By Martha Miller, Converse II
January Term at Converse is four weeks of intensive study that provides some exceptional learning opportunities. Among the standard course offerings is a variety of study-travel excursions. In 2008, the Theatre, Economics, Biology, Education and Art departments offered study abroad courses to Western Europe, Great Britain, and South America. Professors Ansley and Mac Boggs spent sixteen art-filled days with Converse students touring London, Paris, Lucerne, Pisa, Florence and Rome, tracing the steps of Michelangelo as they visited the sites in these cities where his art is displayed.
The study-travel program, called Teaching Through the Arts, is a yearly excursion shared by Converse’s arts and education departments. The program is designed to expose students to the arts in England, France, Switzerland and Italy, and to the power of teaching through the arts. Through exposure to famous works and accompanying reading recourses, the students have a total immersion experience. The trip enables students to create rich connections between works of art and curriculum topics.
“Traveling is a life changing experience,” states Dr. Ansley Boggs, Director of Professional Education. “I could tell students that I want them to use art as a teaching tool, and they would do it because I said it. But now that they’ve experienced the art first-hand, the change is so profound that they are eager to share what they’ve experienced.”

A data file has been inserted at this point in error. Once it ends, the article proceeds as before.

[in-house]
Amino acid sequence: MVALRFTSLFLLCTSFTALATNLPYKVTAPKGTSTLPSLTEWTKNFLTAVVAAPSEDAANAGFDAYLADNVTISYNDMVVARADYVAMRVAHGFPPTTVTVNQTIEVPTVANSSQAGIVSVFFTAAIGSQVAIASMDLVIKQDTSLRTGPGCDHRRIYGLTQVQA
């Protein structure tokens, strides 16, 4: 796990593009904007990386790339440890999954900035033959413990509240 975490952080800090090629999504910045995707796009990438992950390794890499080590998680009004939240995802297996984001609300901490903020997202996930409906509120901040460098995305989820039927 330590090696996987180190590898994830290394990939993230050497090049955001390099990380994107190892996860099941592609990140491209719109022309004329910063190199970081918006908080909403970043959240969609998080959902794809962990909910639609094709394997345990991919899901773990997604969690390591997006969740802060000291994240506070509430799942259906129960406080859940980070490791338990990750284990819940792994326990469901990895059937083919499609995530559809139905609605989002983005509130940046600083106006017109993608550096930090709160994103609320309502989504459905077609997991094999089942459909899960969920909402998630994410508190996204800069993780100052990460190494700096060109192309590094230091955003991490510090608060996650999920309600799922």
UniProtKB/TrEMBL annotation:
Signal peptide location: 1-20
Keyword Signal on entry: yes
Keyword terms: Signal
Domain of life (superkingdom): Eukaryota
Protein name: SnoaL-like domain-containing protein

E.F. Tours, a professional touring company, matched the Converse team with a group from Wisconsin, and the strangers quickly became close friends. For sixteen days they witnessed some of the most famous and most photographed sites and works of art in the Western world, including: the British National Museum of Art, Trafalgar Square, the Tower of London, St. Paul’s Cathedral and Westminster Abbey in London; the Louvre, L’Arc de Triomphe, the Eiffel Tower and Notre Dame Cathedral in Paris; Kapellbrücke, the Lion Monument and Mount Pilatus in Lucerne; the Leaning Tower of Pisa, Piazza della Signoria, the Duomo, St. Peter’s Basilica and the Vatican Museum in Rome. “There is nothing like seeing the great works in person,” Boggs says. “When you see Michelangelo’s David—real and right before you—it’s so amazing, you just want to get on your knees and gaze.”
Melissa Russo, a sophomore education major from Houston, Texas agrees. “You can always imagine what it would be like to see the Mona Lisa, or Michelangelo’s David, or original Monets…but nothing can prepare you for the moments when they’re right in front of your face, within touching distance.” Amber Shearsmith, a senior student teacher from Inman, South Carolina, is already using the principles of Teaching Through the Arts in her classes at Broome High School. “The most important thing I learned from this trip,” she says, “was that pictures may be worth a thousand words, but actually being there and experiencing so many things is worth so much more. Before going on this trip I only knew what I had seen in pictures and read in books. Standing in the ancient ruins of the Forum and in front of Buckingham Palace, I realized that no matter how much you research a city or history there is nothing more exciting than actually being on the sites of so many historical events.”